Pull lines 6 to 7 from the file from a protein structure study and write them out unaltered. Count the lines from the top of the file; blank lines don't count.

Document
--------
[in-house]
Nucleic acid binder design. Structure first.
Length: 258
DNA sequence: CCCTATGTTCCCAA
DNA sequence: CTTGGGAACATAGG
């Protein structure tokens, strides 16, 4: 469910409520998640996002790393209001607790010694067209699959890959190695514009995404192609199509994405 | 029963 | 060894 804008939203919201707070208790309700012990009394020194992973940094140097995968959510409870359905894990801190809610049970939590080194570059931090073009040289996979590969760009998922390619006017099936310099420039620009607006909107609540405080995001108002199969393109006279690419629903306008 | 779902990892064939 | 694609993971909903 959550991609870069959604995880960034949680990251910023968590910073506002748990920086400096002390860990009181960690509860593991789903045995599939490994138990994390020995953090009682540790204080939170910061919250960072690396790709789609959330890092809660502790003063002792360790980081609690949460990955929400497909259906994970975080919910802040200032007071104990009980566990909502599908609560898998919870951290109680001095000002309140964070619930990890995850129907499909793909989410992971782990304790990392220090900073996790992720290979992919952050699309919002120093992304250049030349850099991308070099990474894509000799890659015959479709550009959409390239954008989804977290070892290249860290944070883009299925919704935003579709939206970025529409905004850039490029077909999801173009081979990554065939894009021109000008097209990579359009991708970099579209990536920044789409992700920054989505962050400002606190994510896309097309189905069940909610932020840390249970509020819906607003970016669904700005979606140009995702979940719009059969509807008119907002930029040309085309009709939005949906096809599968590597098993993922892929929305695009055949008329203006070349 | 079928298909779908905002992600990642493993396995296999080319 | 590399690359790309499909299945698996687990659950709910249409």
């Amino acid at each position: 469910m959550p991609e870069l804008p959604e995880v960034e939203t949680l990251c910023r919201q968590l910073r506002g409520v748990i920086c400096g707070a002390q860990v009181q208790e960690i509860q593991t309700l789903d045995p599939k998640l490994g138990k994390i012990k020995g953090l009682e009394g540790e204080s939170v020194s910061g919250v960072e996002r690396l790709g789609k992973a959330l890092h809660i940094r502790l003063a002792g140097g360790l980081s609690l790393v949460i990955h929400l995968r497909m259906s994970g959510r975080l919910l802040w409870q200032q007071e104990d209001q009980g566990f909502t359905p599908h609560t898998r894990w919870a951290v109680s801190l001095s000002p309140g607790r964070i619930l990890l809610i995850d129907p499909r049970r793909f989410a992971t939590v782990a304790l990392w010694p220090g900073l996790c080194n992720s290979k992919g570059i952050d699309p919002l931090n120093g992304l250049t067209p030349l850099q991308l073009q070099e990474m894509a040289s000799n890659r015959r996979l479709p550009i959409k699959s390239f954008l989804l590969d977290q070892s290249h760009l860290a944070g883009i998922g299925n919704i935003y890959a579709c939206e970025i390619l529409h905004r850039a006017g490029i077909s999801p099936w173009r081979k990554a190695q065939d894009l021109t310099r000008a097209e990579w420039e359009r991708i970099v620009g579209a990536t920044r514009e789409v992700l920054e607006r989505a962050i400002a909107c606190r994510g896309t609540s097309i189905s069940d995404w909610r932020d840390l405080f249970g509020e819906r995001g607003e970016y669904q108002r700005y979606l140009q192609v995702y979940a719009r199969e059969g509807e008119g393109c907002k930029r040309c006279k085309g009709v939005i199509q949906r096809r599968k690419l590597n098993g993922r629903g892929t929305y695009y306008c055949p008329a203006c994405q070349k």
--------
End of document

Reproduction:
């Protein structure tokens, strides 16, 4: 469910409520998640996002790393209001607790010694067209699959890959190695514009995404192609199509994405 | 029963 | 060894 804008939203919201707070208790309700012990009394020194992973940094140097995968959510409870359905894990801190809610049970939590080194570059931090073009040289996979590969760009998922390619006017099936310099420039620009607006909107609540405080995001108002199969393109006279690419629903306008 | 779902990892064939 | 694609993971909903 959550991609870069959604995880960034949680990251910023968590910073506002748990920086400096002390860990009181960690509860593991789903045995599939490994138990994390020995953090009682540790204080939170910061919250960072690396790709789609959330890092809660502790003063002792360790980081609690949460990955929400497909259906994970975080919910802040200032007071104990009980566990909502599908609560898998919870951290109680001095000002309140964070619930990890995850129907499909793909989410992971782990304790990392220090900073996790992720290979992919952050699309919002120093992304250049030349850099991308070099990474894509000799890659015959479709550009959409390239954008989804977290070892290249860290944070883009299925919704935003579709939206970025529409905004850039490029077909999801173009081979990554065939894009021109000008097209990579359009991708970099579209990536920044789409992700920054989505962050400002606190994510896309097309189905069940909610932020840390249970509020819906607003970016669904700005979606140009995702979940719009059969509807008119907002930029040309085309009709939005949906096809599968590597098993993922892929929305695009055949008329203006070349 | 079928298909779908905002992600990642493993396995296999080319 | 590399690359790309499909299945698996687990659950709910249409």
């Amino acid at each position: 469910m959550p991609e870069l804008p959604e995880v960034e939203t949680l990251c910023r919201q968590l910073r506002g409520v748990i920086c400096g707070a002390q860990v009181q208790e960690i509860q593991t309700l789903d045995p599939k998640l490994g138990k994390i012990k020995g953090l009682e009394g540790e204080s939170v020194s910061g919250v960072e996002r690396l790709g789609k992973a959330l890092h809660i940094r502790l003063a002792g140097g360790l980081s609690l790393v949460i990955h929400l995968r497909m259906s994970g959510r975080l919910l802040w409870q200032q007071e104990d209001q009980g566990f909502t359905p599908h609560t898998r894990w919870a951290v109680s801190l001095s000002p309140g607790r964070i619930l990890l809610i995850d129907p499909r049970r793909f989410a992971t939590v782990a304790l990392w010694p220090g900073l996790c080194n992720s290979k992919g570059i952050d699309p919002l931090n120093g992304l250049t067209p030349l850099q991308l073009q070099e990474m894509a040289s000799n890659r015959r996979l479709p550009i959409k699959s390239f954008l989804l590969d977290q070892s290249h760009l860290a944070g883009i998922g299925n919704i935003y890959a579709c939206e970025i390619l529409h905004r850039a006017g490029i077909s999801p099936w173009r081979k990554a190695q065939d894009l021109t310099r000008a097209e990579w420039e359009r991708i970099v620009g579209a990536t920044r514009e789409v992700l920054e607006r989505a962050i400002a909107c606190r994510g896309t609540s097309i189905s069940d995404w909610r932020d840390l405080f249970g509020e819906r995001g607003e970016y669904q108002r700005y979606l140009q192609v995702y979940a719009r199969e059969g509807e008119g393109c907002k930029r040309c006279k085309g009709v939005i199509q949906r096809r599968k690419l590597n098993g993922r629903g892929t929305y695009y306008c055949p008329a203006c994405q070349k």